There is a lot of misinformation about energy drinks, especially as it relates to the amounts of caffeine contained in the products and how they are regulated. The vast majority of energy drinks consumed in the United States — including Monster, Red Bull, Rockstar, AMP, Full Throttle and NOS — have similar or lower levels of caffeine than home-brewed coffee which many Americans enjoy on a daily basis. A 16 fluid ounce energy drink typically contains between 160 and 240 milligrams of caffeine, while the same size coffeehouse coffee contains around 300 to 330 milligrams. Caffeine has been safely consumed around the world for hundreds of years.
MYTH: Energy drinks have “high” or “dangerous” amounts of caffeine.
FACT: The vast majority of energy drinks consumed in the United States – including Monster, Red Bull, Rockstar, Full Throttle and NOS – have similar or lower levels of caffeine than home-brewed coffee.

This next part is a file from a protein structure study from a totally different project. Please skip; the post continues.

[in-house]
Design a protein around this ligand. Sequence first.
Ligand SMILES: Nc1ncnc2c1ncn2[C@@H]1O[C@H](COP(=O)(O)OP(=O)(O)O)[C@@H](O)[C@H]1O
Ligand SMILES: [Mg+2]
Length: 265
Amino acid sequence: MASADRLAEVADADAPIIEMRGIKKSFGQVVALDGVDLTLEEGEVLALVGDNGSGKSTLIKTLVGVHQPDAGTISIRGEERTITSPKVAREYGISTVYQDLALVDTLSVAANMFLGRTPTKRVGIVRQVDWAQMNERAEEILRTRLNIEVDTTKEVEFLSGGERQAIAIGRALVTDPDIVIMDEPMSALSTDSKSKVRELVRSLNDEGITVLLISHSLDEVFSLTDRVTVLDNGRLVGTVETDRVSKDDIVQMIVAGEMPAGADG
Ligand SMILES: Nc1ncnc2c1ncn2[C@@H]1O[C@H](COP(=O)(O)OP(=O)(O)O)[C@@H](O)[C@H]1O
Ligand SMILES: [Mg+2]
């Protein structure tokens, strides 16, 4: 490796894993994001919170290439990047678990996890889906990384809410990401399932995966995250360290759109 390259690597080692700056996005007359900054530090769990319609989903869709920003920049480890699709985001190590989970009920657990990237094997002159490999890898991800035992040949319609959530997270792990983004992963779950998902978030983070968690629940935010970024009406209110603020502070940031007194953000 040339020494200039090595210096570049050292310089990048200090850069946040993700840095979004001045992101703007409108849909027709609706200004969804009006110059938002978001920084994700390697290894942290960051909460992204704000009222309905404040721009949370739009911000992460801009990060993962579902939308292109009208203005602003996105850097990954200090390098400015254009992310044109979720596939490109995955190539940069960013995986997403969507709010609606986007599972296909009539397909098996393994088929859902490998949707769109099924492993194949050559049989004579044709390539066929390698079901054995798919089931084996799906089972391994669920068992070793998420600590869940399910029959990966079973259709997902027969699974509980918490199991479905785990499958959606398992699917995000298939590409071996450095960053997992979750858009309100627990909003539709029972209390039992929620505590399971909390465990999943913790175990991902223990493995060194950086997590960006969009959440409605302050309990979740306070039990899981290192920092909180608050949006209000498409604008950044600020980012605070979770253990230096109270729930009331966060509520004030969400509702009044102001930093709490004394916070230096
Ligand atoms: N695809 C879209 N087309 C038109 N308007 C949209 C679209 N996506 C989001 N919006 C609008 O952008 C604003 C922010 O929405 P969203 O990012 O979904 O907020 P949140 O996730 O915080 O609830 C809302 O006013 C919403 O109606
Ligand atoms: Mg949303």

MYTH: With the recent growth of the energy drink category, Americans are getting dangerous amounts of caffeine in their diet.
FACT: The FDA commissioned an analysis of caffeine consumption among the U.S. population in 2009, which concluded that despite the growth of energy drinks in the marketplace, the average amount of caffeine consumed by the adult U.S. population remained consistent with past estimates – approximately 300 milligrams of caffeine daily.
MYTH: Energy drinks aren’t regulated.
FACT: Energy drinks, their ingredients and labeling are regulated by the U.S. Food and Drug Administration (FDA).